For over a century, a foreign national seeking permission to immigrate to the U.S. could have her application for immigration denied on the ground that she suffers from a serious contagious disease. For just under two decades, a foreign national seeking permission to immigrate could also have her application denied on the ground that she has not been vaccinated against each of a list of vaccination-preventable diseases. Two recently developed moral justifications for the use of such “vaccination-related exclusion criteria” have focused on (a) the right and need of a society to prevent the spread of disease to others and (b) the public good of developing and protecting herd immunity. Herein I accept these two general justifications—especially as they are developed by Mark Navin—and explore their limits. In particular, with a focus on the recently developed vaccine against several strains of HPV, as well the short-lived requirement by the CDC that it, too, be required of prospective immigrants, I argue that neither of the two main justifications for the use of vaccination-related exclusion criteria support their use for diseases such as HPV (or even HIV), the transmission of which, unlike airborne diseases such as measles, pertussis and polio, is subject to a considerable degree of individual control.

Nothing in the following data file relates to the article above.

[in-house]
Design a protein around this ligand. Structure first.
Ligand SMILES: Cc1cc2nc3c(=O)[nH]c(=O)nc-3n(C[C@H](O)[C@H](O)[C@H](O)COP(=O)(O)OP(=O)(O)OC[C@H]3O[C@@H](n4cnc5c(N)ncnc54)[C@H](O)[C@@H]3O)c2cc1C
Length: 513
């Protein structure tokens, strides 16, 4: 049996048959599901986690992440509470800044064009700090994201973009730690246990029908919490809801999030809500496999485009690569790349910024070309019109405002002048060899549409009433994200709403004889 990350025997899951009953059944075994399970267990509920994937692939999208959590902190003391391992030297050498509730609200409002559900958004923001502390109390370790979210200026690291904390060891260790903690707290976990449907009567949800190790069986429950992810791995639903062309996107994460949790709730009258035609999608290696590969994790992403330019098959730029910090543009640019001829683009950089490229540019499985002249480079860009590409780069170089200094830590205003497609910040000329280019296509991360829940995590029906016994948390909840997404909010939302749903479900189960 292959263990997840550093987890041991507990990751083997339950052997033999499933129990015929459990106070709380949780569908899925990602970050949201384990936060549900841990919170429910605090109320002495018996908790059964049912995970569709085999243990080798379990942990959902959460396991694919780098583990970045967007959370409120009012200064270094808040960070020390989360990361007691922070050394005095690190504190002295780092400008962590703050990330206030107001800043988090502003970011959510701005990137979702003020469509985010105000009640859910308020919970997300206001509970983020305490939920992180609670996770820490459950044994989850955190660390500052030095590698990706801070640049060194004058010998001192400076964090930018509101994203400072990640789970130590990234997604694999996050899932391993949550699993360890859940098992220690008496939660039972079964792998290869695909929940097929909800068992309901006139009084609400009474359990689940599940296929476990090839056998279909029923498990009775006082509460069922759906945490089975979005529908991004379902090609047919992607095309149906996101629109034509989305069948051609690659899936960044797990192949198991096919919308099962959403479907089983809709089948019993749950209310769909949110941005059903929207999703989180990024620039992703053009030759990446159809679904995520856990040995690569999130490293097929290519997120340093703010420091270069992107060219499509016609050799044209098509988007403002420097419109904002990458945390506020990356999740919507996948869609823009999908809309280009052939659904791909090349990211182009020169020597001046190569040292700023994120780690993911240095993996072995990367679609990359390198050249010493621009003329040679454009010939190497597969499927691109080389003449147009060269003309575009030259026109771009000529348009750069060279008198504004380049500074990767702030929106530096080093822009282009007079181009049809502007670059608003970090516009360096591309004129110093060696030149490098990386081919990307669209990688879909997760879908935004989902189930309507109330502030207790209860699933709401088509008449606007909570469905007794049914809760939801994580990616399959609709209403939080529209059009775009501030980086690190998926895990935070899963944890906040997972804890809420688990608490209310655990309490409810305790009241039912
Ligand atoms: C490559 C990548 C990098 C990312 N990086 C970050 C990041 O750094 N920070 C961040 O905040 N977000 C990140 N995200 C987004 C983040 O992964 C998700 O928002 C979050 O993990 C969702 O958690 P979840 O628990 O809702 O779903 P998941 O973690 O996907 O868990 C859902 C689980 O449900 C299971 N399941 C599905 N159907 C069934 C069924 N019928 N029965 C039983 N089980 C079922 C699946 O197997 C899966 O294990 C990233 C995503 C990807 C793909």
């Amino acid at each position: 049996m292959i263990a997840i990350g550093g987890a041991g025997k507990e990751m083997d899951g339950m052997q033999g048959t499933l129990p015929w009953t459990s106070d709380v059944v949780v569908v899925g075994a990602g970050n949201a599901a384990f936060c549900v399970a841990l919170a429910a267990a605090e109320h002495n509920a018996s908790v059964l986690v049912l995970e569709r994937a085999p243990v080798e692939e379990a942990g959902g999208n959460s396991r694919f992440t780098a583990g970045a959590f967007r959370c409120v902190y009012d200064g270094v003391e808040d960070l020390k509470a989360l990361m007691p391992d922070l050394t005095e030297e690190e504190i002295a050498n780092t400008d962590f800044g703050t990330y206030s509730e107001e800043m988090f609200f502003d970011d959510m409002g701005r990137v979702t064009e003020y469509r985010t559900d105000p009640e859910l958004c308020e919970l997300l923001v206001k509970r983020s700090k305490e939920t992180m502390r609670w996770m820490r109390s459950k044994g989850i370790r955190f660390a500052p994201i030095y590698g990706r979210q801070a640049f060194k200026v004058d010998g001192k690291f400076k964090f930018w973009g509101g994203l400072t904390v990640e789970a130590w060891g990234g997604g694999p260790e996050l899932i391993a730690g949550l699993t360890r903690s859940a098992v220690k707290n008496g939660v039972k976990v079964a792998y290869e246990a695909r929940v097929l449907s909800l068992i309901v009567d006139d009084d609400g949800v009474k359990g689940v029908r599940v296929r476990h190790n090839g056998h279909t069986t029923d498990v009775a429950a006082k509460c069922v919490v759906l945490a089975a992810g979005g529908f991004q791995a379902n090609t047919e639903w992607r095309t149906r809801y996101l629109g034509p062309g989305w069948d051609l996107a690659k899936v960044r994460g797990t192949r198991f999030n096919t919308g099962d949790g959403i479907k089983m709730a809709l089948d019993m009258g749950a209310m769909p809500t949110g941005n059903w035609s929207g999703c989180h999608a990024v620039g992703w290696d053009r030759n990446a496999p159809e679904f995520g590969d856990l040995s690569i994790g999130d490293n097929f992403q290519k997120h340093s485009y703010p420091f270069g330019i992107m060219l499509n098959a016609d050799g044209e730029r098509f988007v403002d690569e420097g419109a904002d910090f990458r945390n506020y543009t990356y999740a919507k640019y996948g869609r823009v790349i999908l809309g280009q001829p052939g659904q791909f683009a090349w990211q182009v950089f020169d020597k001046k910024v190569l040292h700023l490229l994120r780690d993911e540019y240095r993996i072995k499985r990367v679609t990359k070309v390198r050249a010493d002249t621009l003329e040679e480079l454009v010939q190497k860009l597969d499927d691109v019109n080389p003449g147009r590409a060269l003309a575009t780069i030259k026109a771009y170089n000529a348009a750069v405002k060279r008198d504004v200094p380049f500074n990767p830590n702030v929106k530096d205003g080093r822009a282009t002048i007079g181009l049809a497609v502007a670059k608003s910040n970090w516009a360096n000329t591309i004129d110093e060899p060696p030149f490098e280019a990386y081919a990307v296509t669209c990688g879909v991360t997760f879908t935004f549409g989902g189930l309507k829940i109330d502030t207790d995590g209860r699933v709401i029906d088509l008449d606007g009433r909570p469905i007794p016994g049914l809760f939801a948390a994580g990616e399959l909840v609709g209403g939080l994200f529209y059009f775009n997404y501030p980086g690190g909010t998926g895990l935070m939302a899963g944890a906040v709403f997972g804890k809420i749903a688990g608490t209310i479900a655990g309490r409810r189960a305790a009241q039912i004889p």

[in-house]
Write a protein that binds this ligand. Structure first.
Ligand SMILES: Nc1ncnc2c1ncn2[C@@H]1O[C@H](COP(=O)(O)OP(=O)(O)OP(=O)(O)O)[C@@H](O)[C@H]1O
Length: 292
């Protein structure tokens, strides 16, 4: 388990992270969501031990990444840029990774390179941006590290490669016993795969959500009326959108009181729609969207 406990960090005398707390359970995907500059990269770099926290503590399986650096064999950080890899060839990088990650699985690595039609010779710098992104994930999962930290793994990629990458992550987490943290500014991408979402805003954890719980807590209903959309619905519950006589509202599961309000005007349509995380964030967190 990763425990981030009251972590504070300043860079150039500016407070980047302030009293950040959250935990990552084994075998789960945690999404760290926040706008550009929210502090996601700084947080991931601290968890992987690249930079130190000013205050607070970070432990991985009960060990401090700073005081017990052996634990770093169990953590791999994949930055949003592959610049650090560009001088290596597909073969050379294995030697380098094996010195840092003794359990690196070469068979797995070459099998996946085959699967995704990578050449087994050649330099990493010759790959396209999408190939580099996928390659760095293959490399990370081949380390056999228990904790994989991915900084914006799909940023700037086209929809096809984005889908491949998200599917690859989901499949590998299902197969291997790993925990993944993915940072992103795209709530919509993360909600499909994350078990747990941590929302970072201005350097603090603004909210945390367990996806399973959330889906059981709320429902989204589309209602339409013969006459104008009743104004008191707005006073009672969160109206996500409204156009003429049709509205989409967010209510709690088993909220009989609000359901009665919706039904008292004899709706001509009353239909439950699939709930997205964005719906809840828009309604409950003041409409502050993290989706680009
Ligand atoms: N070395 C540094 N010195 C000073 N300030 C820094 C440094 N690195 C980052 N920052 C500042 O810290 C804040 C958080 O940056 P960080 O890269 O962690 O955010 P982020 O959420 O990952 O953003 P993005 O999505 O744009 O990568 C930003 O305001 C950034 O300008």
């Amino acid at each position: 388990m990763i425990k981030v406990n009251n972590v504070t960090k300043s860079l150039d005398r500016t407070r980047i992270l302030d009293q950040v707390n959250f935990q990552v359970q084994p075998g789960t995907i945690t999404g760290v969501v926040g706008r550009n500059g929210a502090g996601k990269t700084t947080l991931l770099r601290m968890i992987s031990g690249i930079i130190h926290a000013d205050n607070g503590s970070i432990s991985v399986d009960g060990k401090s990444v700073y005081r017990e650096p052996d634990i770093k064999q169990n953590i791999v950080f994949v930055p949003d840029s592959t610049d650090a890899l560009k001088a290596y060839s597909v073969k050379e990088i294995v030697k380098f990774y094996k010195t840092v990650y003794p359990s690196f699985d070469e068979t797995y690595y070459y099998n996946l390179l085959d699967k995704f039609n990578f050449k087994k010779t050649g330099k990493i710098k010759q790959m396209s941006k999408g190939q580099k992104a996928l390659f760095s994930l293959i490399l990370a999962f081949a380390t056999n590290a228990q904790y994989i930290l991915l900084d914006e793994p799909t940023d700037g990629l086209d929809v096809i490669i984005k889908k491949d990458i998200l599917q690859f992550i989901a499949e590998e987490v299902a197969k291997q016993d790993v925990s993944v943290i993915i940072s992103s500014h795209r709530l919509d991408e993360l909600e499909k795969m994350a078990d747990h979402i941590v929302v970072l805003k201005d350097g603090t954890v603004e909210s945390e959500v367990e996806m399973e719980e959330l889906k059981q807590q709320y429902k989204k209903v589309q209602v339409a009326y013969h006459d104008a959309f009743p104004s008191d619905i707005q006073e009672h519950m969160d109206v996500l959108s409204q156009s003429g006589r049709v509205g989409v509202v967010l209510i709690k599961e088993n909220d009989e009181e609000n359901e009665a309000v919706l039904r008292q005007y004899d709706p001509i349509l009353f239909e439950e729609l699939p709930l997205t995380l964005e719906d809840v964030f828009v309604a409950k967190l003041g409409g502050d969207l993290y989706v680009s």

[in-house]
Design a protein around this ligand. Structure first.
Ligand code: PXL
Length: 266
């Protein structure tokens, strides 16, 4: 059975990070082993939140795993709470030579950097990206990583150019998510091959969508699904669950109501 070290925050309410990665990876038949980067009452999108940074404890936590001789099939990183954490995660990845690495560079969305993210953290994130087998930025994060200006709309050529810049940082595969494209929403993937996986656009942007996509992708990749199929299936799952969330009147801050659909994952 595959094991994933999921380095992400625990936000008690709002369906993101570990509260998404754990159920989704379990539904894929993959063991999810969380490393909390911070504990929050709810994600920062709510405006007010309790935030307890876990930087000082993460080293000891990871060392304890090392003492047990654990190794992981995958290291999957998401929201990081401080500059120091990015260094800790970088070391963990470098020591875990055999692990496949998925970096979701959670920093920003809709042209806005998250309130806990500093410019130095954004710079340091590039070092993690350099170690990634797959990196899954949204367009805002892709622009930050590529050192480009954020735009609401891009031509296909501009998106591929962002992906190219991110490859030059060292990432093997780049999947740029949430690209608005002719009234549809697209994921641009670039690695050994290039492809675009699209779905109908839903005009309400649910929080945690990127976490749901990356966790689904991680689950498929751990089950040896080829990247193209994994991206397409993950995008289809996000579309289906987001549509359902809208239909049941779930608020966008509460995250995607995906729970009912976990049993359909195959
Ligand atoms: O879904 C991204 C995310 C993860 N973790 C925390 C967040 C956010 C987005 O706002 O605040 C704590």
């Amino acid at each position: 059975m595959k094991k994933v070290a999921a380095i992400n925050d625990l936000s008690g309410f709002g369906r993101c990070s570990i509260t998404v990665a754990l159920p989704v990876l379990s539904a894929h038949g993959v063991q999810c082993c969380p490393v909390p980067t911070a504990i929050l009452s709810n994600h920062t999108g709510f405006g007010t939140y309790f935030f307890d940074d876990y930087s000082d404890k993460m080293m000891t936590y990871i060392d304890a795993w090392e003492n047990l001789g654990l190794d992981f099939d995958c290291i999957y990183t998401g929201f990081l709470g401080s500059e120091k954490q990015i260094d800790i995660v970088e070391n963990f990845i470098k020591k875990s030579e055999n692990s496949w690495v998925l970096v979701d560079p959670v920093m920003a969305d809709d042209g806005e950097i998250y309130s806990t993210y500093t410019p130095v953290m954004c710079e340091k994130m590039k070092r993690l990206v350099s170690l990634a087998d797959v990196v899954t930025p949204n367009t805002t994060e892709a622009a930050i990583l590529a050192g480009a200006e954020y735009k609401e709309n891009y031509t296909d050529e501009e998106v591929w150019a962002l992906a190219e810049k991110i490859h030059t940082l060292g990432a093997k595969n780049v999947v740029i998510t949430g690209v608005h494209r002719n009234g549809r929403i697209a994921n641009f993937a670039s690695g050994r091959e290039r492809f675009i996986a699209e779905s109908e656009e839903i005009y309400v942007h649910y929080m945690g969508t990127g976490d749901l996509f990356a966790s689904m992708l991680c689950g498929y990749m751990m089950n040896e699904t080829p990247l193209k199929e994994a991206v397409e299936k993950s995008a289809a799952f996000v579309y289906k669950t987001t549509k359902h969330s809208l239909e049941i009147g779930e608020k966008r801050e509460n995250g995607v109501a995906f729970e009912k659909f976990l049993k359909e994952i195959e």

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pp. 133-147
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